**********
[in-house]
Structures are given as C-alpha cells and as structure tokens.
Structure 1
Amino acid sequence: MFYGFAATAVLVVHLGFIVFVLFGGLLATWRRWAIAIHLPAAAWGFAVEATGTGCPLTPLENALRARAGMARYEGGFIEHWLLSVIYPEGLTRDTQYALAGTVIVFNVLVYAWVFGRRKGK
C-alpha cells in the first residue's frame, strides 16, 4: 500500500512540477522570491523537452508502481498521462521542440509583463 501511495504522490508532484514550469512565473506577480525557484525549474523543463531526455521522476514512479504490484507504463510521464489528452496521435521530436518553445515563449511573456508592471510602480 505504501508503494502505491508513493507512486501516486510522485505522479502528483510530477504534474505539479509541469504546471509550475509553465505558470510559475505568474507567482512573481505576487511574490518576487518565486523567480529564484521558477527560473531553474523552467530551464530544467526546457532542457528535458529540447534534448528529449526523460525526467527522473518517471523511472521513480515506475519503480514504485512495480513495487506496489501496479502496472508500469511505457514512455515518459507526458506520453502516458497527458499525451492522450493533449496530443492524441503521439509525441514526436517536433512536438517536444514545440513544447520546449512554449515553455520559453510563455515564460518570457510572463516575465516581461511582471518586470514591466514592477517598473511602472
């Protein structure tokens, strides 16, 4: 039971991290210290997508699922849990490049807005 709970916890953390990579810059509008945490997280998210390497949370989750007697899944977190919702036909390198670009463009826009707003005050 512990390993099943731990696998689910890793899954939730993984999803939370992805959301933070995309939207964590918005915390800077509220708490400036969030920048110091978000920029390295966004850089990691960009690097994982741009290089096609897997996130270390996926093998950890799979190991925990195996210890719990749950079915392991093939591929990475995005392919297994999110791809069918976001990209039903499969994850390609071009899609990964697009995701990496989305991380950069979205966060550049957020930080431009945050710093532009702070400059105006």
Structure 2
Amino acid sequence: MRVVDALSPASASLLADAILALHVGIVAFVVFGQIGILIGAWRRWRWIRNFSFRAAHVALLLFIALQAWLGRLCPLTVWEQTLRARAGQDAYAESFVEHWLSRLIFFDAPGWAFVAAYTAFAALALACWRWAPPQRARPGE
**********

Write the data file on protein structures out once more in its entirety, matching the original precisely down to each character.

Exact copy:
[in-house]
Structures are given as C-alpha cells and as structure tokens.
Structure 1
Amino acid sequence: MFYGFAATAVLVVHLGFIVFVLFGGLLATWRRWAIAIHLPAAAWGFAVEATGTGCPLTPLENALRARAGMARYEGGFIEHWLLSVIYPEGLTRDTQYALAGTVIVFNVLVYAWVFGRRKGK
C-alpha cells in the first residue's frame, strides 16, 4: 500500500512540477522570491523537452508502481498521462521542440509583463 501511495504522490508532484514550469512565473506577480525557484525549474523543463531526455521522476514512479504490484507504463510521464489528452496521435521530436518553445515563449511573456508592471510602480 505504501508503494502505491508513493507512486501516486510522485505522479502528483510530477504534474505539479509541469504546471509550475509553465505558470510559475505568474507567482512573481505576487511574490518576487518565486523567480529564484521558477527560473531553474523552467530551464530544467526546457532542457528535458529540447534534448528529449526523460525526467527522473518517471523511472521513480515506475519503480514504485512495480513495487506496489501496479502496472508500469511505457514512455515518459507526458506520453502516458497527458499525451492522450493533449496530443492524441503521439509525441514526436517536433512536438517536444514545440513544447520546449512554449515553455520559453510563455515564460518570457510572463516575465516581461511582471518586470514591466514592477517598473511602472
């Protein structure tokens, strides 16, 4: 039971991290210290997508699922849990490049807005 709970916890953390990579810059509008945490997280998210390497949370989750007697899944977190919702036909390198670009463009826009707003005050 512990390993099943731990696998689910890793899954939730993984999803939370992805959301933070995309939207964590918005915390800077509220708490400036969030920048110091978000920029390295966004850089990691960009690097994982741009290089096609897997996130270390996926093998950890799979190991925990195996210890719990749950079915392991093939591929990475995005392919297994999110791809069918976001990209039903499969994850390609071009899609990964697009995701990496989305991380950069979205966060550049957020930080431009945050710093532009702070400059105006």
Structure 2
Amino acid sequence: MRVVDALSPASASLLADAILALHVGIVAFVVFGQIGILIGAWRRWRWIRNFSFRAAHVALLLFIALQAWLGRLCPLTVWEQTLRARAGQDAYAESFVEHWLSRLIFFDAPGWAFVAAYTAFAALALACWRWAPPQRARPGE